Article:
So now onto brand health tracking, our new solution actually has these empirically proven laws for brand growth at the very heart.

So we can summarize these three laws into the following principles: designed for the category, analyze for the buyer and report for the brand. 

Design for the category means that we create a brand tracker that's truly representative for the category as a whole and could be used by any brand in your category to avoid biases and measurement. 

Analyze for the buyer is based on the empirical evidence that past buying experiences with your brand are predictive for brand growth. So a buyer versus non-buyer analysis will help you with creating more impactful insights and setting up your brand for growth. All of this is based on mental availability, which we'll discuss in a second. 

And then lastly, report for the brand means that your brand size is taken into account for analysis and that the metrics are adjusted to reflect that, allowing you again to make specific and actionable recommendations.

Okay, now before we get into the details of our new solution, I'd love to learn more about your experiences with brand health tracking through a quick poll. So you should now see a popup with a question about brand tracking appear. Aha, I see it. Hopefully you do too. 

So what has been your biggest challenge with traditional tracking research and the answers or the options are long and complex questionnaires, long turnaround time, too costly, results are not actionable enough or all of the above. And what I'll do is give you 30 seconds to answer that before we see the results.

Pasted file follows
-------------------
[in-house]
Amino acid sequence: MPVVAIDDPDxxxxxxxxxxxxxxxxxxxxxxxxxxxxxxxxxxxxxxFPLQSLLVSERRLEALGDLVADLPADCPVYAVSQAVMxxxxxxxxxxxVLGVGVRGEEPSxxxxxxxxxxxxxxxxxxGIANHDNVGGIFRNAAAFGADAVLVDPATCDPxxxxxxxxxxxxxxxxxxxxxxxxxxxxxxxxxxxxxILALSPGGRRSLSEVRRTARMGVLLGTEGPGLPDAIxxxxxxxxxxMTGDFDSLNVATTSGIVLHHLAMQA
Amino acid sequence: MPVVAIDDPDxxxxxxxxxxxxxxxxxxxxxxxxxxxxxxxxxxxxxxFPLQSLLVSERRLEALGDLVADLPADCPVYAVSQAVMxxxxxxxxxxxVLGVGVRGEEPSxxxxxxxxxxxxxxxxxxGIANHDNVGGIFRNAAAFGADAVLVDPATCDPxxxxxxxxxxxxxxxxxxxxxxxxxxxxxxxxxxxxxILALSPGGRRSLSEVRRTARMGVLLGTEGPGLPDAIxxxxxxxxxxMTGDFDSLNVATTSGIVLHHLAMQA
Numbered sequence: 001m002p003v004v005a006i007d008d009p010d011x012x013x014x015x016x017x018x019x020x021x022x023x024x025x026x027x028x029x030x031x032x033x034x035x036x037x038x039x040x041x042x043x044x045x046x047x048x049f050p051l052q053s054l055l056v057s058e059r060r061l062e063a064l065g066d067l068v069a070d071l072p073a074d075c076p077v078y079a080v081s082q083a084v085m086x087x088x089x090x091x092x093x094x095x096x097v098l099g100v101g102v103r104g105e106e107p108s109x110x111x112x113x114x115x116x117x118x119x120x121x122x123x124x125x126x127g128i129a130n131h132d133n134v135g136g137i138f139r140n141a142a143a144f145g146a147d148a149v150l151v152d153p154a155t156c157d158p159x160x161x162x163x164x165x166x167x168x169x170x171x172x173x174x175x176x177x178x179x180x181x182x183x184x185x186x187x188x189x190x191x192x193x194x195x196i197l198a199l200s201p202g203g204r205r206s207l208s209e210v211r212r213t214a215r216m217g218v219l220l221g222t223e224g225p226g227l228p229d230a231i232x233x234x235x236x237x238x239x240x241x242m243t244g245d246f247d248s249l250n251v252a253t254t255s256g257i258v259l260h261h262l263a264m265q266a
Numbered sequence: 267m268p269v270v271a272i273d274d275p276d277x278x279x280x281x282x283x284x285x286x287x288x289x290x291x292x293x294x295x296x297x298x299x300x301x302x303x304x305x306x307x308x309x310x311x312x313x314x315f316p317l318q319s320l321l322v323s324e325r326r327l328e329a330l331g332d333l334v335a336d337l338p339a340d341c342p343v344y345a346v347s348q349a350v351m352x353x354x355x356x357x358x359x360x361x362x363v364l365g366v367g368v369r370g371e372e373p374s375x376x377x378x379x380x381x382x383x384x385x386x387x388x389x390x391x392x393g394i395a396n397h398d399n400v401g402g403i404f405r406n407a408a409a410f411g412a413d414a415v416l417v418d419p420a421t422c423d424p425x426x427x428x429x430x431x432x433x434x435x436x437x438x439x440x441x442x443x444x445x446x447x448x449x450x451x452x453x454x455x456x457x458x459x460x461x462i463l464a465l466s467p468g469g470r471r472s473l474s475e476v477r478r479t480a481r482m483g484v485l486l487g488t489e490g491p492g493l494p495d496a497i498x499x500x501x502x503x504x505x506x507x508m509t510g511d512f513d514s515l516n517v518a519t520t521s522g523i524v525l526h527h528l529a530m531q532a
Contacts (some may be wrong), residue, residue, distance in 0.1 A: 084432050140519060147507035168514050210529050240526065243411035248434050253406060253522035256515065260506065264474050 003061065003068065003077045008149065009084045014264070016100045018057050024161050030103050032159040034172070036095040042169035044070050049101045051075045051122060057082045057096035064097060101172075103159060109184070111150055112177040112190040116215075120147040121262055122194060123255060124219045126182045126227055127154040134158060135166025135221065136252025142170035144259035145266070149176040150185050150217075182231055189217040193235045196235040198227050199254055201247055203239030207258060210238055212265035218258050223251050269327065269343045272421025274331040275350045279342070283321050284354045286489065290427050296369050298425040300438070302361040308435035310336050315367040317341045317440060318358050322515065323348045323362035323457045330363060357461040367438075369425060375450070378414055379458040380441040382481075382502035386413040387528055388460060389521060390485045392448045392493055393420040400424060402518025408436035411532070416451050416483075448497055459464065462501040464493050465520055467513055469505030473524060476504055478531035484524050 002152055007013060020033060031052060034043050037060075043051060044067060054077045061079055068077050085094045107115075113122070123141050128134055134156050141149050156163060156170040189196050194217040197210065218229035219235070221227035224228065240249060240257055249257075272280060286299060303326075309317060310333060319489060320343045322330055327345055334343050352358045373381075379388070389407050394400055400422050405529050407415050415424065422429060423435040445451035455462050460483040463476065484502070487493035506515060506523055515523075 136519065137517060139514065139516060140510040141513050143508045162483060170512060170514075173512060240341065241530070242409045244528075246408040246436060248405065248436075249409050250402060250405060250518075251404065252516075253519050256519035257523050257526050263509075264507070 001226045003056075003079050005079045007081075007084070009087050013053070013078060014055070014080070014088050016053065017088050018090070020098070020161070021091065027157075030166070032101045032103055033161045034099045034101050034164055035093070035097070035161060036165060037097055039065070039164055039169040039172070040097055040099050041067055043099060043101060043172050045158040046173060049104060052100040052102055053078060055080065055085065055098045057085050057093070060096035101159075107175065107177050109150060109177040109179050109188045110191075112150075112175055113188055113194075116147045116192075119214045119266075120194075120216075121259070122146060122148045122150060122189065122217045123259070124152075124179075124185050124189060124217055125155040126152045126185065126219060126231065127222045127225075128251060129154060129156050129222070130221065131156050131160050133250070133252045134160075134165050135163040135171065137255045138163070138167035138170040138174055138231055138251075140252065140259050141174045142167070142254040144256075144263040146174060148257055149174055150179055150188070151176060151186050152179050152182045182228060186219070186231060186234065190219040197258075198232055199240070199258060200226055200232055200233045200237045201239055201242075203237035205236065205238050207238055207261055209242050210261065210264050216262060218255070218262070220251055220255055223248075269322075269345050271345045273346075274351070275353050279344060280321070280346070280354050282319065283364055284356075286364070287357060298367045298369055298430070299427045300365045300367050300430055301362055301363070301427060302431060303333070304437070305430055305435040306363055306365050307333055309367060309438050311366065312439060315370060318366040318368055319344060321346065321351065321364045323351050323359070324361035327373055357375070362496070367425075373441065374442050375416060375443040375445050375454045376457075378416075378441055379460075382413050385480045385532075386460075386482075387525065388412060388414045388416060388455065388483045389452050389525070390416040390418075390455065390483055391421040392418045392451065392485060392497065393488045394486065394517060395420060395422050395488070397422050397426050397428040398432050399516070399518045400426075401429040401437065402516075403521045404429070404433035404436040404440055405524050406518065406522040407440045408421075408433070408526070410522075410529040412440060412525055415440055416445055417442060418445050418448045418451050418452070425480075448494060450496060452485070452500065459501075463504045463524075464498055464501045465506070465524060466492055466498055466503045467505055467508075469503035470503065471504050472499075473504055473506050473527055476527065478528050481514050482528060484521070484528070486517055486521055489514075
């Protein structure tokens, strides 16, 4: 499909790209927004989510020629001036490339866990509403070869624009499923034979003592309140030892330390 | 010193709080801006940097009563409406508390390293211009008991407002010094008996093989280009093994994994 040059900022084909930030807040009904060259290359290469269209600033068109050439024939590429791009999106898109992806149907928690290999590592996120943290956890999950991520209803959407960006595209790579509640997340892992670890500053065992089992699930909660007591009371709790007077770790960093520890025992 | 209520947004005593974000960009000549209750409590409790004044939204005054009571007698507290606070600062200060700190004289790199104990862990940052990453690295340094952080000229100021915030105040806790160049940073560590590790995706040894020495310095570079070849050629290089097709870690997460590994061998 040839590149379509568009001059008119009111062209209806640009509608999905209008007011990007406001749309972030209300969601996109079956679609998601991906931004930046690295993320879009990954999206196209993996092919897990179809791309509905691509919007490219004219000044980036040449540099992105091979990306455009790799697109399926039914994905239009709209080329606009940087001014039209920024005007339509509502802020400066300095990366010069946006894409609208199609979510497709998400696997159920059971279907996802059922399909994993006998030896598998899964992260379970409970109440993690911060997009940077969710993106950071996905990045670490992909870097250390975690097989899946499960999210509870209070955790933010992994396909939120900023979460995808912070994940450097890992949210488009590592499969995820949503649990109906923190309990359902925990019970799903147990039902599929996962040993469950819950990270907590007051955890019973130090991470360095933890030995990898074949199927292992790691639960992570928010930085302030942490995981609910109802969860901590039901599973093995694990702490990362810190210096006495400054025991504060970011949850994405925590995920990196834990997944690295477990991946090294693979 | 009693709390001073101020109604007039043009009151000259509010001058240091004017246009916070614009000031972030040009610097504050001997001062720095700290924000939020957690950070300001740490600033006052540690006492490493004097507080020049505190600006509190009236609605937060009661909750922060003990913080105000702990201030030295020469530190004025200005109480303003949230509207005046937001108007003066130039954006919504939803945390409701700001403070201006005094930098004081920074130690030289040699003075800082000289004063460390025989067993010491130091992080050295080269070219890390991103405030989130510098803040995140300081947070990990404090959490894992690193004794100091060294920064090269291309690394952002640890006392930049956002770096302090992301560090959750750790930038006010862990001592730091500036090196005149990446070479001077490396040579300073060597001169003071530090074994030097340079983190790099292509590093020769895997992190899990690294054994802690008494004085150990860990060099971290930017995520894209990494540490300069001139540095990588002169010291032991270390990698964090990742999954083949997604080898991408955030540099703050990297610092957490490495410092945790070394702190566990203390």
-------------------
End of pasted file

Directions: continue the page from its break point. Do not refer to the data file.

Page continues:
Madita Brandhorst:

So what I can see here, and I would say that's pretty much what definitely reflects my opinion on this is that a lot of people answered “all of the above” with 44% picking this, answering options closely followed by that are “results are not actionable enough,” which is what, okay now 23% of people are saying, and I must say you're kind of, it's like you read my mind. 

I or maybe we could say I had a hunch that you folks listening would say something like that because this is also from talking to our existing customers who run brand health trackers to a lot of new customers. 

I personally hear a lot of frustrations and challenges with traditional brand trackers. Not only that they are too slow to action and too costly due to operational inefficiencies, but the biggest pain point of the people I talk to and it seems similar to you folks on the line is that tracking results are not actionable enough for brand and marketing stakeholders.

So even if there is brand tracking in place in an organization, insights professionals often still don't know which way to go, which route to take in order to drive brand growth and set their brands up for success. 

Now we at quantilope we have set out to change this dilemma first and foremost by leaning on quantilope’s consumer intelligence platform. I'm not sure if some of you know it, let us know in the chat please. Because with this piece of tech we can actually fully automate tracking research end-to-end reducing both turnaround times and costs